The City of Pitt Meadows won’t be able to collect taxes if a divided council fails to pass a bylaw that sets the increase for 2014 within the next month.
With the clock ticking towards a legislated May 15 deadline, city director of finance Mark Roberts warned council there are serious consequence if they are unable to reach a compromise.
Failure to pass a property tax rate bylaw amounts to an offence against B.C.’s Community Charter, which requires municipalities to annually adopt a bylaw that authorizes the city to collect taxes.
Penalties include a fine of up to $2,000, imprisonment for up to six months – or both.
“As awkward as it was for me to write the report, I felt it was incumbent on me to tell them,” said Roberts, noting that it is unlikely that a council member would be prosecuted.
“It’s up to them how they want to move forward.”
With the recent resignation of Coun. Doug Bing, there are currently six members of council – three who voted in favour of the 2014 Financial Plan Bylaw and three against it. Bing, who is the MLA for Maple Ridge-Pitt Meadows, stayed on to ensure the budget passed and phoned in to cast his vote.
Couns. Bruce Bell, Janis Elkerton and Dave Murray remain opposed to the city’s 1.9 per cent tax increase, as they believe it’s possible to slash it further. The city received a petition signed by 1,500 people calling for a “zero tax increase” for the second year in a row.
With a three-three split, however, Roberts is worried the tax rate bylaw could face defeat, forcing the city to revisit its entire budget.
“We don’t want to go there,” he said.
“The option now is for somebody to vote for it who wouldn’t normally. This bylaw is not about just collecting the tax increase, it’s about collecting all tax revenue that allows our city to function.”
Although it is impossible to predict the outcome of any vote, leaving the vote to chance when there would be substantial consequences and little opportunity to rectify the problem would be unfair to the public, members of council and the process itself, Roberts noted in his report.
A 1.9 per cent increase would add $52 to the tax bill for the average single-family home, valued at $450,000.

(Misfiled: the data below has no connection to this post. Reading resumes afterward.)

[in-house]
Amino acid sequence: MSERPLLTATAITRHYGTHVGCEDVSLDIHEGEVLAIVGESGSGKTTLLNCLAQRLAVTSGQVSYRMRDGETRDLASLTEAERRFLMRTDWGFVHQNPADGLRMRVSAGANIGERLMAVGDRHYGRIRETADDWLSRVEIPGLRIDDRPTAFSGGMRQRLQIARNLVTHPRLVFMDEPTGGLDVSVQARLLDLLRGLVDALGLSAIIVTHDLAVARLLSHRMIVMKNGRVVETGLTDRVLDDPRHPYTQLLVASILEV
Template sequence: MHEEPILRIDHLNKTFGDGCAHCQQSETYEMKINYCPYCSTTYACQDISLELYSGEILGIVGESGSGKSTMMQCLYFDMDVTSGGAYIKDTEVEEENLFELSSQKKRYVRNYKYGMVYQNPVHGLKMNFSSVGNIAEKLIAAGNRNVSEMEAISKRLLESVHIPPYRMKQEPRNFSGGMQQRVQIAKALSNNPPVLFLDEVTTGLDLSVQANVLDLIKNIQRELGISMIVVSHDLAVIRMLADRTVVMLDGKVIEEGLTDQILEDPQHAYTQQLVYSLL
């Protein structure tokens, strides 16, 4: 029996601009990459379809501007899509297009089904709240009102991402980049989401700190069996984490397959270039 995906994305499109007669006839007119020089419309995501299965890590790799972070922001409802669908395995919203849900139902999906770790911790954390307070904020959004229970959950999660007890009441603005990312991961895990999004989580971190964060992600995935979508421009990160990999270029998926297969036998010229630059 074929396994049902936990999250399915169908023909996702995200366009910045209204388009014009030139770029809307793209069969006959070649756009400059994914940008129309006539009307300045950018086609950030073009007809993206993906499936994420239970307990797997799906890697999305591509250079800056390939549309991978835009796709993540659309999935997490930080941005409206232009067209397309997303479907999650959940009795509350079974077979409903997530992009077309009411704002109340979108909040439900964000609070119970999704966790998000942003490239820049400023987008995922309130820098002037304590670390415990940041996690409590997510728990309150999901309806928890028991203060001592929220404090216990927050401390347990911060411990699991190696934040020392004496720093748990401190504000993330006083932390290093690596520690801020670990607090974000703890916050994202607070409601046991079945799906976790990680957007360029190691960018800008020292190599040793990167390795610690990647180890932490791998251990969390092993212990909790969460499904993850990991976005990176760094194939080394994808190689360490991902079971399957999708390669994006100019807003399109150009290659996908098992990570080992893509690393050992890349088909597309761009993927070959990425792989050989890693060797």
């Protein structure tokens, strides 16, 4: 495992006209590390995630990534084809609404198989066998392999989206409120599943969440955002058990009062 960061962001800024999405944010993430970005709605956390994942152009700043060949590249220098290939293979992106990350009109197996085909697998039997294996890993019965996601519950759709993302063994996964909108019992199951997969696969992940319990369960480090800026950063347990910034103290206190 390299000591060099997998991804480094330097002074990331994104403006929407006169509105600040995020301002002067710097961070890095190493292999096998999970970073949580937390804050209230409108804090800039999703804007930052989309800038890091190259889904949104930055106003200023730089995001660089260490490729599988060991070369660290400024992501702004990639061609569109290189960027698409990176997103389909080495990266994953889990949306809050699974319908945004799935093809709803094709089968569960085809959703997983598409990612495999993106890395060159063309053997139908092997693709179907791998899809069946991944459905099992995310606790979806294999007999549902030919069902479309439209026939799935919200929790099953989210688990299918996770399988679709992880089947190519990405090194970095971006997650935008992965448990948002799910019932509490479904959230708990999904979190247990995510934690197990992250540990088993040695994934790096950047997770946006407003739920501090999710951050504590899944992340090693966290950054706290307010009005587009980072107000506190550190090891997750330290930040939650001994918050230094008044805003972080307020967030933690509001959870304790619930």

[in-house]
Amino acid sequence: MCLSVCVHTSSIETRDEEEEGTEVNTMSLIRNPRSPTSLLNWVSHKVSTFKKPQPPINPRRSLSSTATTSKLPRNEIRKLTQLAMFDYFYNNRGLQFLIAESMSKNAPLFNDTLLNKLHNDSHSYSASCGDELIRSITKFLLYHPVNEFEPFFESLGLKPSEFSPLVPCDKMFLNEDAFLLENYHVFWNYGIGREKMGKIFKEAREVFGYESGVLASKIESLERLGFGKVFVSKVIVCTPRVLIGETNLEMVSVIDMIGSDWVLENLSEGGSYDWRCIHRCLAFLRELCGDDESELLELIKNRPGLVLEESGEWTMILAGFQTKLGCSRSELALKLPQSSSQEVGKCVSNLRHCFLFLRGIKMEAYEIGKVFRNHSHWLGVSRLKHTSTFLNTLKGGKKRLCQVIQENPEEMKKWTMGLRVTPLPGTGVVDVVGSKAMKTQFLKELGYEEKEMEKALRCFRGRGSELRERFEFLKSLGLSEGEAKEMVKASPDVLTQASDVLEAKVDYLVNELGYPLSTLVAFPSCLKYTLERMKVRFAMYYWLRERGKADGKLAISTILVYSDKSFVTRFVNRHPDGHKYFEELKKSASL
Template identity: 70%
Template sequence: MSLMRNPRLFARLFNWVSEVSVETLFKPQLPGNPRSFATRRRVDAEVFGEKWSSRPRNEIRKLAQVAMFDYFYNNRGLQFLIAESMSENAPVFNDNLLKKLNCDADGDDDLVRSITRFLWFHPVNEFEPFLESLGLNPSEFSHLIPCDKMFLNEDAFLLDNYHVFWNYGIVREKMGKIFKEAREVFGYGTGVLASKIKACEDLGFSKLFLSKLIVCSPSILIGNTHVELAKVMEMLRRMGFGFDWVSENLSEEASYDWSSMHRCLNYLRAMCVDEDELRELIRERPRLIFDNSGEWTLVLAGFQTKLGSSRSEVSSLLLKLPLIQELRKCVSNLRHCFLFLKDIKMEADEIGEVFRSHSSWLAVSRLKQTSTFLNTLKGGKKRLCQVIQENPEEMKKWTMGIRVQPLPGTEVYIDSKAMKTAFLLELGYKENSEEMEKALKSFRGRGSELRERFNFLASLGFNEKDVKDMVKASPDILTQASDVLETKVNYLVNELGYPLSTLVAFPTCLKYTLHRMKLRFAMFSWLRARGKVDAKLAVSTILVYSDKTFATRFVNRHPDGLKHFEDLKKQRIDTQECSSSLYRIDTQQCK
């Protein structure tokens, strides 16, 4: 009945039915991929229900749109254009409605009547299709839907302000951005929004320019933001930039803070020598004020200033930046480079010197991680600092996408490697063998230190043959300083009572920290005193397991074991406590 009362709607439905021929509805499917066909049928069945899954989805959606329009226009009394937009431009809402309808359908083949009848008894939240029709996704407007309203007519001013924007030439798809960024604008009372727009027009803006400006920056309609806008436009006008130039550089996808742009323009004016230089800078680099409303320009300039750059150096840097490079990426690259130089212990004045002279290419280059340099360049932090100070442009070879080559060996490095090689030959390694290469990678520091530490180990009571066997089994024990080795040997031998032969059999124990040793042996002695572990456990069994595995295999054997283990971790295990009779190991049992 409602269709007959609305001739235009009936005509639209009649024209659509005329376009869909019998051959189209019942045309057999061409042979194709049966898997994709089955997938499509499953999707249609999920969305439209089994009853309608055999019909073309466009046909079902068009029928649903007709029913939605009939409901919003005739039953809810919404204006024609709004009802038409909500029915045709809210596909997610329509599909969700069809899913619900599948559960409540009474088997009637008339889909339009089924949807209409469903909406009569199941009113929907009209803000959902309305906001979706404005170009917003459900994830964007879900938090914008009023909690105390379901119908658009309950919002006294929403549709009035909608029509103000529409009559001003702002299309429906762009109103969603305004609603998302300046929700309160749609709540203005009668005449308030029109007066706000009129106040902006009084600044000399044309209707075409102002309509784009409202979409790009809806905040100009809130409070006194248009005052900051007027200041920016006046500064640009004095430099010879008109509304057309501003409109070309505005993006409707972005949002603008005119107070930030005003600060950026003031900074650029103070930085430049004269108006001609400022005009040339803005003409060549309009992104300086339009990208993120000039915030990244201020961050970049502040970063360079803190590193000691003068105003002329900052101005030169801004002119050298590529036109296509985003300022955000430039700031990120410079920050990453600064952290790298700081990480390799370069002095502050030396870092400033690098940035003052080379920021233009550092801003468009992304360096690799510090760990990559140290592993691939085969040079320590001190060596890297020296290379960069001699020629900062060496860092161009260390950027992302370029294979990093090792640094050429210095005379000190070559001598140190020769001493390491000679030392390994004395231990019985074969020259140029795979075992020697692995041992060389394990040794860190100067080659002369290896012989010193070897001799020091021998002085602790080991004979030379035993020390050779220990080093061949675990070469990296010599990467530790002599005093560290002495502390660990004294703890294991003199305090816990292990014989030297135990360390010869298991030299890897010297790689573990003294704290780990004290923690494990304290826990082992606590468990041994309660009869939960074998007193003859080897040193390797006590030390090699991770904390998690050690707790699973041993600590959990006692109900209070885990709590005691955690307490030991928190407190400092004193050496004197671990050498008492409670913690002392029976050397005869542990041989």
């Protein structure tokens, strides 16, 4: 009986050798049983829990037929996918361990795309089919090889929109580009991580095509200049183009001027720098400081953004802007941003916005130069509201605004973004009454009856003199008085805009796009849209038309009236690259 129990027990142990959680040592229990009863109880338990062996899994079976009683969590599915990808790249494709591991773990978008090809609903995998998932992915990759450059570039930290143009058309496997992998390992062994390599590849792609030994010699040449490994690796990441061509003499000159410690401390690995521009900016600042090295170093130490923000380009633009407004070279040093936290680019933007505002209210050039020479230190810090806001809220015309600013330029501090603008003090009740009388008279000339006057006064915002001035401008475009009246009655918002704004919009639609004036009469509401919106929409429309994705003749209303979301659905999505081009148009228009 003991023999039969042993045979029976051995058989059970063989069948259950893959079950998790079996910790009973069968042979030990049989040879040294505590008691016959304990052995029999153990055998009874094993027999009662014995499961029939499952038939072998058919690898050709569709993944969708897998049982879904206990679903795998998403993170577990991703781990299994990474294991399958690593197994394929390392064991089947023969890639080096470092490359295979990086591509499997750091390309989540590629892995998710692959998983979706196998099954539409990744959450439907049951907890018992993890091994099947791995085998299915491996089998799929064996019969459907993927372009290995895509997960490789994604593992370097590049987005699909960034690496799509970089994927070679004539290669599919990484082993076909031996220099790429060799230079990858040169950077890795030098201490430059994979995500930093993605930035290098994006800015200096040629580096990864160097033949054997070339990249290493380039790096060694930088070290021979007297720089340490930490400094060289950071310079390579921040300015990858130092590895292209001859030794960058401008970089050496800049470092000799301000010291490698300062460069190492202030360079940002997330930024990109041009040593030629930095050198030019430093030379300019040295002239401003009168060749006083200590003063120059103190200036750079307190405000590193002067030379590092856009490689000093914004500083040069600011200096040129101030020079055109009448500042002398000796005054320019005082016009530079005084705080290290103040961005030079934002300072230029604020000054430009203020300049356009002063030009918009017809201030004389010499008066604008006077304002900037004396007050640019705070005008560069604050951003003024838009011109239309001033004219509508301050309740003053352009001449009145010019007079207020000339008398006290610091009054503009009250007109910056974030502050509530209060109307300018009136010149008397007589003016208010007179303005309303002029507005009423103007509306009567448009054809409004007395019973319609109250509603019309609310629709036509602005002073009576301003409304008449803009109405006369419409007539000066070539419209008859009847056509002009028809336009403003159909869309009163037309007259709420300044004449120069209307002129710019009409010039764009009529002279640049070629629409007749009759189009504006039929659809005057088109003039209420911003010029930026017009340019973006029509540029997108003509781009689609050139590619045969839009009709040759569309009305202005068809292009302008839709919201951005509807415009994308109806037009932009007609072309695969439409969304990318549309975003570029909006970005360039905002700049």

Mayor Deb Walters does not know what will happen in the next few weeks, but noted the scenario outlined by Roberts has never happened in B.C. history.
“I’m not sure what will happen. You’ll have to ask those councillors what they are doing,” said Walters.
“We certainly are a divided council. There is no getting away from that. But this bylaw is not a matter of just imposing taxes, it give us the right to collect taxes … that’s what pays for our police force, our fire department, our roads to be repaired.”
Coun. Elkerton has asked to see how much of a surplus the city had in 2013 and, perhaps, apply it to the year’s budget, decreasing the tax increase.
Coun. Bell had hoped council would have reached an agreement by now.
“We are getting down to crunch time. Everybody understands something has to happen,” said Bell, adding he still believes this year’s tax increase can be reduced to just one per cent or something lower than 1.9.
Coun. Dave Murray also believes there’s more to trim, pointing out that contracted out services are one area that could have been looked at.
“We haven’t covered everything yet,” Murray said.
“We haven’t done our due diligence in being effective money managers. I think we could do a little bit better.”
Council will hold a special meeting to discuss the property tax rate bylaw on April 29.